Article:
Monday, January 08, 2007

Selecting Ginseng

Selecting Ginseng

The three main type of Ginseng is as follow:

  1. Oriental Ginseng (Panax ginseng)
  2. American Ginseng (Panax quinquefolium)
  3. Siberian Ginseng (Eleutherococcus senticosus)

Oriental Ginseng
This is the much popular root of all the time, often reaching celebrity status, the famous Ginseng. It’s an ideal stimulating tonic as it is more effective than any other species in this respect. However, someone who is ‘hot’, hyperactive, and nervous shouldn’t take this herb. However, this is exceptional when one is exhausted, recuperating from illnesses, or aged. Ginseng tends to be masculine in energy, which may amplify male hormonal qualities more successfully than other varieties. Subsequently, this root is better for males than females but the variation is so slight, both sexes can consume them without much difficulty. However, do take precautions.

American Ginseng
Currently available in the United States and the Far East, it is almost as popular as Oriental Ginseng. American Ginseng, though tonic, is a ‘yin’ tonic. It’s not as brim stoning as Oriental Ginseng, thus allowing a variety of person to consume it without much problem. It is adaptogenic nonetheless and in this respect, comparable to that of Oriental Ginseng. People in warmer climate (like in Southeast Asia) prefer this to Oriental Ginseng.

Siberian Ginseng
I have already blogged about this herb in details. Refer to the post with similar title.

The Grades and Varieties of Oriental Ginseng

The best one is called ‘Yi Sun’ Ginseng. Though I never heard of it, I am including a list of guideline on what to see when buying your root.

The older the root when harvested, the better. Larger roots might be older than smaller roots but to see it clearer, note the head-like protrusion on the top of the Ginseng root. If you see attentively, you will notice the rings on the node. The number of the rings roughly parallel the years the said Ginseng is cultivated.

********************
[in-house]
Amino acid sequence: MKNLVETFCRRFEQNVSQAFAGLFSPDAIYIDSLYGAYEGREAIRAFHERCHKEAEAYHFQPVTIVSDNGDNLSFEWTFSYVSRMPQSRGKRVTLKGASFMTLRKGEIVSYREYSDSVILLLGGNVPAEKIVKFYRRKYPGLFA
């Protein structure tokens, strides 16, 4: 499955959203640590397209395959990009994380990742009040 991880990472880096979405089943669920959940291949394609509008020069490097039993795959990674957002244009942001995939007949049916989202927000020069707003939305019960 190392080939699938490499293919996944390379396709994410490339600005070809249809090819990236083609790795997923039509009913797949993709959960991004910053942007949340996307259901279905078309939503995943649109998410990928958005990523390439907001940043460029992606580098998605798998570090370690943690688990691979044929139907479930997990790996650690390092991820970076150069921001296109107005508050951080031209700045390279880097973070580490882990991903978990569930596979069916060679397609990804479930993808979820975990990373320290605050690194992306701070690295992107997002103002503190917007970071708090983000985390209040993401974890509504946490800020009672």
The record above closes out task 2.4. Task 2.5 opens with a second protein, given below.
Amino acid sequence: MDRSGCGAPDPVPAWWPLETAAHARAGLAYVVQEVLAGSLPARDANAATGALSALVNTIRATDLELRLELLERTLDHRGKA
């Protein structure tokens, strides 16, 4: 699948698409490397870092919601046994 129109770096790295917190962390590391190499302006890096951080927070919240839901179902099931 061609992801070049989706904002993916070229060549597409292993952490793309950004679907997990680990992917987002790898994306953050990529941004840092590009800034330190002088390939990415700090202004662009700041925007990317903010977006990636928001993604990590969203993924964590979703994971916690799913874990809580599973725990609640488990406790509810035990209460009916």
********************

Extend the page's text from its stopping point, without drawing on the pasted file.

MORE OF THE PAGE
Red is better than white generally, because higher quality roots are usually selected for steaming. The Korean called this ‘Hong Sam’

The root should be firm and hard. If it is red, it should look crystalline and deep in colour, often red.

Ginseng root should taste rich, strong and bitter, often with a peculiar sweet aftertaste.

The shape should be straight with some hairy tendril roots. Roots that are too hairy are not of good quality as root hairs are medicinally poor. The root should have a man-like appearance and generally, curled roots are of a more inferior quality.

It is worthy to mention that the Koreans' roots are of good quality too. Though not as good ad the Chinese’s as it is quit blatant in term of energy, nonetheless, you can guarantee Korean roots to be of good qualities. The Korean Government is very specific in their Ginseng Roots and theirs are quite world-renowed.

*Image taken from:

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